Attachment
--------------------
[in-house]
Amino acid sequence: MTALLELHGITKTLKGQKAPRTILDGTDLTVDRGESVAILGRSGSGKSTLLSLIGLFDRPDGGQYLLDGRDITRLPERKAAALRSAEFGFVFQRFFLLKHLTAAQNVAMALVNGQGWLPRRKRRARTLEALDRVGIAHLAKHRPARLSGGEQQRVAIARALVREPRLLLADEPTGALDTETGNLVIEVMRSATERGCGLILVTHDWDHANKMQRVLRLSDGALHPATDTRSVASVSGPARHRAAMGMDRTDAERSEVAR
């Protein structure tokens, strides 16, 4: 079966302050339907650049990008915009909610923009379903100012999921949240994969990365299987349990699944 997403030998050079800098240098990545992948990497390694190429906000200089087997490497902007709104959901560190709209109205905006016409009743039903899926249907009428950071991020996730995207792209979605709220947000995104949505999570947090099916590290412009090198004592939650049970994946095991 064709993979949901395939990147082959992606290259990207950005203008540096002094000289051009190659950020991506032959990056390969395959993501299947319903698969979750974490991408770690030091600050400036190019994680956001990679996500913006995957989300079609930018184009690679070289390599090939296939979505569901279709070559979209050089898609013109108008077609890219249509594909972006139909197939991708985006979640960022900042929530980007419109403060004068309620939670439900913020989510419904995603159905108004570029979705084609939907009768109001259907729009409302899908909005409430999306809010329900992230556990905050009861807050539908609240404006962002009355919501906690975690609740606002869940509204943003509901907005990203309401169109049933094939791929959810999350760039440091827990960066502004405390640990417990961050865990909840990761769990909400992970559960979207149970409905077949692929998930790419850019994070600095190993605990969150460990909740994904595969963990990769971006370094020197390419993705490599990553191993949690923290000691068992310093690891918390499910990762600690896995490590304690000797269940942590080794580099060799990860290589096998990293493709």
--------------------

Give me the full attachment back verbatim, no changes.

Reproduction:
[in-house]
Amino acid sequence: MTALLELHGITKTLKGQKAPRTILDGTDLTVDRGESVAILGRSGSGKSTLLSLIGLFDRPDGGQYLLDGRDITRLPERKAAALRSAEFGFVFQRFFLLKHLTAAQNVAMALVNGQGWLPRRKRRARTLEALDRVGIAHLAKHRPARLSGGEQQRVAIARALVREPRLLLADEPTGALDTETGNLVIEVMRSATERGCGLILVTHDWDHANKMQRVLRLSDGALHPATDTRSVASVSGPARHRAAMGMDRTDAERSEVAR
């Protein structure tokens, strides 16, 4: 079966302050339907650049990008915009909610923009379903100012999921949240994969990365299987349990699944 997403030998050079800098240098990545992948990497390694190429906000200089087997490497902007709104959901560190709209109205905006016409009743039903899926249907009428950071991020996730995207792209979605709220947000995104949505999570947090099916590290412009090198004592939650049970994946095991 064709993979949901395939990147082959992606290259990207950005203008540096002094000289051009190659950020991506032959990056390969395959993501299947319903698969979750974490991408770690030091600050400036190019994680956001990679996500913006995957989300079609930018184009690679070289390599090939296939979505569901279709070559979209050089898609013109108008077609890219249509594909972006139909197939991708985006979640960022900042929530980007419109403060004068309620939670439900913020989510419904995603159905108004570029979705084609939907009768109001259907729009409302899908909005409430999306809010329900992230556990905050009861807050539908609240404006962002009355919501906690975690609740606002869940509204943003509901907005990203309401169109049933094939791929959810999350760039440091827990960066502004405390640990417990961050865990909840990761769990909400992970559960979207149970409905077949692929998930790419850019994070600095190993605990969150460990909740994904595969963990990769971006370094020197390419993705490599990553191993949690923290000691068992310093690891918390499910990762600690896995490590304690000797269940942590080794580099060799990860290589096998990293493709």